Tip #1: Making all information and instructions accessible
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Voters who have access needs play a large part in Presidential elections.  You can assume that approximately 20% of those participating in elections will have some kind of access need. According to the US census, the most frequent types of disabilities are:

Difficulty standing 10.4%
Difficulty walking 9.8%
Cognitive difficulties 7.0%
Difficulty seeing 3.4%
Difficulty hearing 3.4%
Difficulty with speech 1.1%

In addition to people with disabilities or age-related difficulties, many others also have access needs, including people who do not read well and people with limited English.

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Providing accessible information is one way of meeting access needs
  • Prepare all voting instructions to be accessible to as many voters as possible, including instructions for “accessible machines”.
  • Work with state and local assistive technology groups or accessible materials producers to provide voting information, voting instructions, and equipment instructions in formats that can be easily used by people with disabilities. Look for alternative formats such as large print, audio tools, graphics, and video interpretations. NOTE: Many PDF files are not accessible to the screen readers often used by blind voters. Be sure that on-line documents can be read by screen readers and that websites can be navigated without using a mouse.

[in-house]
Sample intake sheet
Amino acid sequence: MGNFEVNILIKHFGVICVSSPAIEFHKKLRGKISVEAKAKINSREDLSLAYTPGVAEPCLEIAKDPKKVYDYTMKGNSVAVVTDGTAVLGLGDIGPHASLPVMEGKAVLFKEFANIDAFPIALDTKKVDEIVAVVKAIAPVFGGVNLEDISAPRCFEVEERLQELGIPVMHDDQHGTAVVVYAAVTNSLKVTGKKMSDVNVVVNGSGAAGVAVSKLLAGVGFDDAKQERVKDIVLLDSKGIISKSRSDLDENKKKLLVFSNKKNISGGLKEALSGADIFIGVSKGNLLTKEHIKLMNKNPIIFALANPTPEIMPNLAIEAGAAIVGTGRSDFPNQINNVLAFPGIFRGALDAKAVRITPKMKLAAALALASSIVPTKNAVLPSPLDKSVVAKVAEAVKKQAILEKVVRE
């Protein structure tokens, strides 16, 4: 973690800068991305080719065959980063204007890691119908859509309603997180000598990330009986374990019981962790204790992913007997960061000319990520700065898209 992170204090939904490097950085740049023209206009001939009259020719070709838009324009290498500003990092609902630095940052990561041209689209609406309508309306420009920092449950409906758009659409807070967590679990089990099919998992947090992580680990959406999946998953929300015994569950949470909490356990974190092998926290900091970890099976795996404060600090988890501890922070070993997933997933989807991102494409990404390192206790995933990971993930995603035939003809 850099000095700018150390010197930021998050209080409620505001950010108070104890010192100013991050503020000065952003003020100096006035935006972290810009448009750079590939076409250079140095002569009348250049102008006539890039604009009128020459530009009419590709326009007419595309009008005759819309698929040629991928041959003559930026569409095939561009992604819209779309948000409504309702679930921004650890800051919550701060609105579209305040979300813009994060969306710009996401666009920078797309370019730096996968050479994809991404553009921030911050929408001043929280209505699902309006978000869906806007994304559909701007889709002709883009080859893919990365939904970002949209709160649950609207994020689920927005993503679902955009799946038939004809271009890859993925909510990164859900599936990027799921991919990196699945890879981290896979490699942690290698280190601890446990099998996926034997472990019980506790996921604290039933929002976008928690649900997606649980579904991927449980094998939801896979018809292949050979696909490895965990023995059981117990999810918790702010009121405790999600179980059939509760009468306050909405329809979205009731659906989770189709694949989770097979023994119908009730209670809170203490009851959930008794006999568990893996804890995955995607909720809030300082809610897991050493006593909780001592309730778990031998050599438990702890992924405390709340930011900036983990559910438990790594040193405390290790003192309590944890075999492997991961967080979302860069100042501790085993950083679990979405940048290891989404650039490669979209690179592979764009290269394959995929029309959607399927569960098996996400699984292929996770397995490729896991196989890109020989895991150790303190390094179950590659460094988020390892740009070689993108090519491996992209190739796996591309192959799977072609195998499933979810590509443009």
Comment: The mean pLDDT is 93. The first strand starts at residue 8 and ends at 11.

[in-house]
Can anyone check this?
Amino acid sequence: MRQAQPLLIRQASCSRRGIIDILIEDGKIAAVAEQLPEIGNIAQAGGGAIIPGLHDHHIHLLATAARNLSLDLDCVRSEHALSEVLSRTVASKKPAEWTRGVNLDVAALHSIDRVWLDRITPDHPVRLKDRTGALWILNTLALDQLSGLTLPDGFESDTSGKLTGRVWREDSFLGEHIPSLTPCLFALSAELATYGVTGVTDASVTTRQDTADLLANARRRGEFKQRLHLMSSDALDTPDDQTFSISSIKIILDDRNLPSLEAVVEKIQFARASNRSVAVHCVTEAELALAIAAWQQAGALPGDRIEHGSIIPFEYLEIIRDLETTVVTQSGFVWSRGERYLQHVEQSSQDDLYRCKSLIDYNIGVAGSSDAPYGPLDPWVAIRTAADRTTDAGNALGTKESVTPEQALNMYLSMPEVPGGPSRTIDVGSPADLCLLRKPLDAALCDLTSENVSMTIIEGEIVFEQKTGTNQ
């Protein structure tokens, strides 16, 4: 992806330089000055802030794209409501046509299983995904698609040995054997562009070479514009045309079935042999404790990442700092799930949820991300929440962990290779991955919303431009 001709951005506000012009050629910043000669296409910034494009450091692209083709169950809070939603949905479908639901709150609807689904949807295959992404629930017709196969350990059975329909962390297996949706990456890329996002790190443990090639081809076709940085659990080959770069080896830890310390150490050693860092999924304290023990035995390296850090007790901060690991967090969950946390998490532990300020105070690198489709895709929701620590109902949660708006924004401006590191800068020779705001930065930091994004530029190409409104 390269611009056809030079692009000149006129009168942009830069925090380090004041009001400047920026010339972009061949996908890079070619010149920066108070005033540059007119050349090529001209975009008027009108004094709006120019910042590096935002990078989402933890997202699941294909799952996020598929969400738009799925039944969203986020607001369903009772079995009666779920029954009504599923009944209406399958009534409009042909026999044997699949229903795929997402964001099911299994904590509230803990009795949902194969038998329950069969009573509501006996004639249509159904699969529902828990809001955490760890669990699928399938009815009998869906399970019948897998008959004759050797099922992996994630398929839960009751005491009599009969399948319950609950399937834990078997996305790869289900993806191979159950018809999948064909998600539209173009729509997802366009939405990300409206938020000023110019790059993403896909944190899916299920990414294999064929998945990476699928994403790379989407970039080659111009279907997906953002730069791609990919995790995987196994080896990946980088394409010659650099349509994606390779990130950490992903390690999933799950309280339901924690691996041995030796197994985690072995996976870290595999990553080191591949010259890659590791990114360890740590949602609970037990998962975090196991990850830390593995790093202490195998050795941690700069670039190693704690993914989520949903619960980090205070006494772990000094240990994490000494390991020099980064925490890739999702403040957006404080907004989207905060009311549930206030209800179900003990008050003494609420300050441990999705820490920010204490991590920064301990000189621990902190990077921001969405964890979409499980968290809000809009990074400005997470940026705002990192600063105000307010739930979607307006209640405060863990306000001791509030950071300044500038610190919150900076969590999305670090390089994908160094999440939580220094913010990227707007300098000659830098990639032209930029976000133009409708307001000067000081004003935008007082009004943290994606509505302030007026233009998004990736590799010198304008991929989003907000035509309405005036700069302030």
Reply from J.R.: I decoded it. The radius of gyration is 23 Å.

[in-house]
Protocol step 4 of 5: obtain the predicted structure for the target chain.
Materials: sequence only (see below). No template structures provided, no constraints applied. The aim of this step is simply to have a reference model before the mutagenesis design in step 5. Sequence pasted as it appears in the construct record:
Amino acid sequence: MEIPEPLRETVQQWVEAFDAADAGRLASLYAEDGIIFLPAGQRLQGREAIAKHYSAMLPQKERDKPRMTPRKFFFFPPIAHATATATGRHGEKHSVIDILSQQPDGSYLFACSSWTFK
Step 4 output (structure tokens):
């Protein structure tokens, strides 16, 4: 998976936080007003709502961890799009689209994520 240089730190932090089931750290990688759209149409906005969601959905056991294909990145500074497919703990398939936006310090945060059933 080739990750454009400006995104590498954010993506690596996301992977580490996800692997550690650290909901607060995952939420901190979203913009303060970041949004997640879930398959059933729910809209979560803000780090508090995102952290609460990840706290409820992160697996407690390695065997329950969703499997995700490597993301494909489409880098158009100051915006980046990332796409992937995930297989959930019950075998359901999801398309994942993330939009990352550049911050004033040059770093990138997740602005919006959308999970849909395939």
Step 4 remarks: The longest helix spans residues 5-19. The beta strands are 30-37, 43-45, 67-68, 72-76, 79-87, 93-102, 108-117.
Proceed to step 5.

• For those with intellectual disabilities, information processing difficulties, or limited English, provide good graphics and easily understood language. Meet with educators and/or disability advocacy organizations to assure that voting information and equipment instructions can be clearly understood. NOTE: Because these difficulties affect a significant portion of the population, developing instructions and information at approximately a sixth grade reading level is recommended.
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Useful References

You can find all of these references on our website under “Tips for 2012”:

http://www.accessiblevoting.org/library/tips for 2012#resources

Additional references on each topic can be found under “More Tips for 2012” on the same page.

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